As a new year starts, the first indications suggest that Christmas sales are being described as “buoyant”. Although a complete picture is yet to emerge, it seems that a late surge in present buying, that is for the ‘things that people think other people want’, in the final days before Christmas was combined with an immediate post Christmas surge. This was helped by the way that Boxing Day fell on a Saturday in 2009 as people with any money left to spend rushed out to buy the ‘things that they really wanted’, i.e. not the things they actually received!
This suggests that December tills may indeed have been ringing frequently however with the rise in VAT also helping to nudge up post Xmas revenues there is talk of January being particularly bleak to the point where some are claiming that the January sale is dead. Whilst I think that is premature generalisation as I sit through another TV commercial offering ‘buy now pay later for a new 3 piece suite’ or significant reductions on a new kitchen/bathroom/bedroom from the home improvers, the days of the January clear-out may well be numbered on the high street.
Anyway here’s looking forward to another interesting 12 months for UK plc.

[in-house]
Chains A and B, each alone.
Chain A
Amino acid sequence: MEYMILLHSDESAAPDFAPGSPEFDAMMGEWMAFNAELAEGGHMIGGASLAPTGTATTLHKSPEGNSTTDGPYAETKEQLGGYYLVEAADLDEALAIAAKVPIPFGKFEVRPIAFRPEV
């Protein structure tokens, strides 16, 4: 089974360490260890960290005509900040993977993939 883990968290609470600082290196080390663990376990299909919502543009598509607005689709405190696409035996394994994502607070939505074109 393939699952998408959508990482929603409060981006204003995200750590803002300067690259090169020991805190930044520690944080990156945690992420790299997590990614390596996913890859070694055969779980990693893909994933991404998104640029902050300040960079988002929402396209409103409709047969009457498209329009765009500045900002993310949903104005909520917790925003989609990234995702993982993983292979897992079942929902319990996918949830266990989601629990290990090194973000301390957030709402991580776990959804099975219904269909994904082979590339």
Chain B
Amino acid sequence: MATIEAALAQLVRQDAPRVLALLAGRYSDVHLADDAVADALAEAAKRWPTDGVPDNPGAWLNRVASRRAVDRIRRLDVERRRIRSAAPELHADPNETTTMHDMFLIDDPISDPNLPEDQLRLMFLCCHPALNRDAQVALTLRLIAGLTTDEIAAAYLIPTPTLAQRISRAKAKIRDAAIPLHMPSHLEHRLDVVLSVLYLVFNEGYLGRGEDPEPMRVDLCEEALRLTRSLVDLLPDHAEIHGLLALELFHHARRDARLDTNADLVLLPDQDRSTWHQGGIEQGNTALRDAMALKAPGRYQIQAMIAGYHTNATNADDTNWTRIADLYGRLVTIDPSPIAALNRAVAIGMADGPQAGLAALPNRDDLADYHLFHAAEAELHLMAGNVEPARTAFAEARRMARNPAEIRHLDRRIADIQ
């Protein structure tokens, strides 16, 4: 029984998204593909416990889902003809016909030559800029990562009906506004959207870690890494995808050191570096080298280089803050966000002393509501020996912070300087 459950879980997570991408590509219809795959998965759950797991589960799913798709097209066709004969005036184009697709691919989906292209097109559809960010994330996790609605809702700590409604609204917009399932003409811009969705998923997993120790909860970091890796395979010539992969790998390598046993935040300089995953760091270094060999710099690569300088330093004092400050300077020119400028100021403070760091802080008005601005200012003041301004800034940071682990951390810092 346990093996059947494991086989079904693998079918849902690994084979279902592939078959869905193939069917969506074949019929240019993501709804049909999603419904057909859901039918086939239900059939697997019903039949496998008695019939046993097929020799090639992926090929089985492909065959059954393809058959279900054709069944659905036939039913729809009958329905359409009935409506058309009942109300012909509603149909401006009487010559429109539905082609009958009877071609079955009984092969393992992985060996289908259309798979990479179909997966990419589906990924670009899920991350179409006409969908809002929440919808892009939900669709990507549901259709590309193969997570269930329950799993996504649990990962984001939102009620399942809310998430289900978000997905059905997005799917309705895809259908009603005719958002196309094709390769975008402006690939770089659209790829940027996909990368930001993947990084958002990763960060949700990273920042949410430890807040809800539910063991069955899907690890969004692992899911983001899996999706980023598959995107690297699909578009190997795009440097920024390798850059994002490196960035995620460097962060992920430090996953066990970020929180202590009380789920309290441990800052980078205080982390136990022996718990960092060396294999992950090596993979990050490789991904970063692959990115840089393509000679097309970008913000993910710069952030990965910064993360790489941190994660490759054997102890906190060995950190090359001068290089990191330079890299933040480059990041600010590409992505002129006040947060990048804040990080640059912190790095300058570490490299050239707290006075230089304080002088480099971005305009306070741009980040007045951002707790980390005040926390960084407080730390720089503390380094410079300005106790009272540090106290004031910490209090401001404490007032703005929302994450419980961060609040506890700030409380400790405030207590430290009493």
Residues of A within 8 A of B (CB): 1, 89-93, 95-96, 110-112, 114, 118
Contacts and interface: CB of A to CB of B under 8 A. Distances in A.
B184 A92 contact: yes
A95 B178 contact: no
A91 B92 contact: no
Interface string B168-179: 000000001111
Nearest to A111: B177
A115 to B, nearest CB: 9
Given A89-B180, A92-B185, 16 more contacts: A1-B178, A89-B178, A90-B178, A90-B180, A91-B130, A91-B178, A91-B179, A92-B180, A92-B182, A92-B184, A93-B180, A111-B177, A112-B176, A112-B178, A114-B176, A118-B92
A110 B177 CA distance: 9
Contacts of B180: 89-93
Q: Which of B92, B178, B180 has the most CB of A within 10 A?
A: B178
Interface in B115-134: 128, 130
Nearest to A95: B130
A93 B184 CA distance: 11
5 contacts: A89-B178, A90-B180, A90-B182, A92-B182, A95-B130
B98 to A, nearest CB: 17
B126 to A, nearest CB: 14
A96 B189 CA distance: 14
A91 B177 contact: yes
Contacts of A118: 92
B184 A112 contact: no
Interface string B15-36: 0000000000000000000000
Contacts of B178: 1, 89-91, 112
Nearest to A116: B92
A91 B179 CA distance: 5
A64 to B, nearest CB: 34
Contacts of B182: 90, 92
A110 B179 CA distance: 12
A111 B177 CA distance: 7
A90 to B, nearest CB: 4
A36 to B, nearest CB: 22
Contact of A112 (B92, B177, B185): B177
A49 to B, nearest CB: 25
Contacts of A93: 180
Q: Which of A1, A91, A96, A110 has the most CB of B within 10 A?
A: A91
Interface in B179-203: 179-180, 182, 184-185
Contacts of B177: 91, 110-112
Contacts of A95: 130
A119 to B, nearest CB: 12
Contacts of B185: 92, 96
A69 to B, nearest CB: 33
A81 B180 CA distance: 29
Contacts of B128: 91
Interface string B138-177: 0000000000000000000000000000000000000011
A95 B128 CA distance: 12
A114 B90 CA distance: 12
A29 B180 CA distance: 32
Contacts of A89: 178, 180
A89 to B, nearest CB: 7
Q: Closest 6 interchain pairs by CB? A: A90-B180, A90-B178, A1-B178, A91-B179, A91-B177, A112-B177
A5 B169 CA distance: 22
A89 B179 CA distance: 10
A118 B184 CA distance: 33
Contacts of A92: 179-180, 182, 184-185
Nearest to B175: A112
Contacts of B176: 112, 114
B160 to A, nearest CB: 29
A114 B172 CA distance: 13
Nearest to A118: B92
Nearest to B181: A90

December 11, 2009
As Carluccio’s announces its abandonment of 2-for-1 offers, does this herald the end of discounting in the casual dining sector? Or does it indicate the end of the recession?
The casual dining sector is one that has been particularly active in offering deep discounts, with Pizza Express, to name but one chain, seeming to run offer after offer to the point where one feels it is almost impossible to pay full price for a meal!
So does this give us the first indications of a shift to other forms of promotion activity, and, if so, will others follow?
December 7, 2009
For those who didn’t already know it today, Monday 7th December, is set to be the biggest day for online shopping this year. Obviously many of you won’t actually read about this until Tuesday since you will be busy elsewhere in the internet!